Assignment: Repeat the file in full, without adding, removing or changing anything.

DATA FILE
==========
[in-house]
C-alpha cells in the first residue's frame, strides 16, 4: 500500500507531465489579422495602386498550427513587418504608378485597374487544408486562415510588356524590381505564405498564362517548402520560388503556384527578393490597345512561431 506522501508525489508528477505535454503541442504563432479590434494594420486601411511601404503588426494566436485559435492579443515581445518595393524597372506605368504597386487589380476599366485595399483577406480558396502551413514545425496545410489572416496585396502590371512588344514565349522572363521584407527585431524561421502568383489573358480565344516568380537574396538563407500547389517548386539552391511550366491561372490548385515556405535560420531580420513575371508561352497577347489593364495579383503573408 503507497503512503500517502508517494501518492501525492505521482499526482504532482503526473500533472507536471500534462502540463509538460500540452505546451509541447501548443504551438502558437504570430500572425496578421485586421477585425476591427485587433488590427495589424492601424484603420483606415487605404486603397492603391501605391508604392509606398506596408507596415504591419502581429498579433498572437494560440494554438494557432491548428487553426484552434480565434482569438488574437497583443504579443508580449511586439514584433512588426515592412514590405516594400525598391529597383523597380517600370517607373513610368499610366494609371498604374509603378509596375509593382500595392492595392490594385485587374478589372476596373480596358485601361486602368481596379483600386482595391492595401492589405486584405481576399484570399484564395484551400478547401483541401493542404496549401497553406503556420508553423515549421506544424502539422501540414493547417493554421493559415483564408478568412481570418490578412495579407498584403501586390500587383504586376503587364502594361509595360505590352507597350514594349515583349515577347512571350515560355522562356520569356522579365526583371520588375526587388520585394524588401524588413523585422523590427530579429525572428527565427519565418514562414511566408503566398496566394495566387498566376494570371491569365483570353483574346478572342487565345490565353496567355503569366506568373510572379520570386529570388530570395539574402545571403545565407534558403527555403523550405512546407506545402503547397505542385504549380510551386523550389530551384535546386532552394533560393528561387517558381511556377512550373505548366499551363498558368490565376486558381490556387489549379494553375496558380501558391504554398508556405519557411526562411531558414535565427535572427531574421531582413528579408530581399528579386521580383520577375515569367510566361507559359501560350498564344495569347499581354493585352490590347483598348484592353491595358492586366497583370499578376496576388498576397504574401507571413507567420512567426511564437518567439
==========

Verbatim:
[in-house]
C-alpha cells in the first residue's frame, strides 16, 4: 500500500507531465489579422495602386498550427513587418504608378485597374487544408486562415510588356524590381505564405498564362517548402520560388503556384527578393490597345512561431 506522501508525489508528477505535454503541442504563432479590434494594420486601411511601404503588426494566436485559435492579443515581445518595393524597372506605368504597386487589380476599366485595399483577406480558396502551413514545425496545410489572416496585396502590371512588344514565349522572363521584407527585431524561421502568383489573358480565344516568380537574396538563407500547389517548386539552391511550366491561372490548385515556405535560420531580420513575371508561352497577347489593364495579383503573408 503507497503512503500517502508517494501518492501525492505521482499526482504532482503526473500533472507536471500534462502540463509538460500540452505546451509541447501548443504551438502558437504570430500572425496578421485586421477585425476591427485587433488590427495589424492601424484603420483606415487605404486603397492603391501605391508604392509606398506596408507596415504591419502581429498579433498572437494560440494554438494557432491548428487553426484552434480565434482569438488574437497583443504579443508580449511586439514584433512588426515592412514590405516594400525598391529597383523597380517600370517607373513610368499610366494609371498604374509603378509596375509593382500595392492595392490594385485587374478589372476596373480596358485601361486602368481596379483600386482595391492595401492589405486584405481576399484570399484564395484551400478547401483541401493542404496549401497553406503556420508553423515549421506544424502539422501540414493547417493554421493559415483564408478568412481570418490578412495579407498584403501586390500587383504586376503587364502594361509595360505590352507597350514594349515583349515577347512571350515560355522562356520569356522579365526583371520588375526587388520585394524588401524588413523585422523590427530579429525572428527565427519565418514562414511566408503566398496566394495566387498566376494570371491569365483570353483574346478572342487565345490565353496567355503569366506568373510572379520570386529570388530570395539574402545571403545565407534558403527555403523550405512546407506545402503547397505542385504549380510551386523550389530551384535546386532552394533560393528561387517558381511556377512550373505548366499551363498558368490565376486558381490556387489549379494553375496558380501558391504554398508556405519557411526562411531558414535565427535572427531574421531582413528579408530581399528579386521580383520577375515569367510566361507559359501560350498564344495569347499581354493585352490590347483598348484592353491595358492586366497583370499578376496576388498576397504574401507571413507567420512567426511564437518567439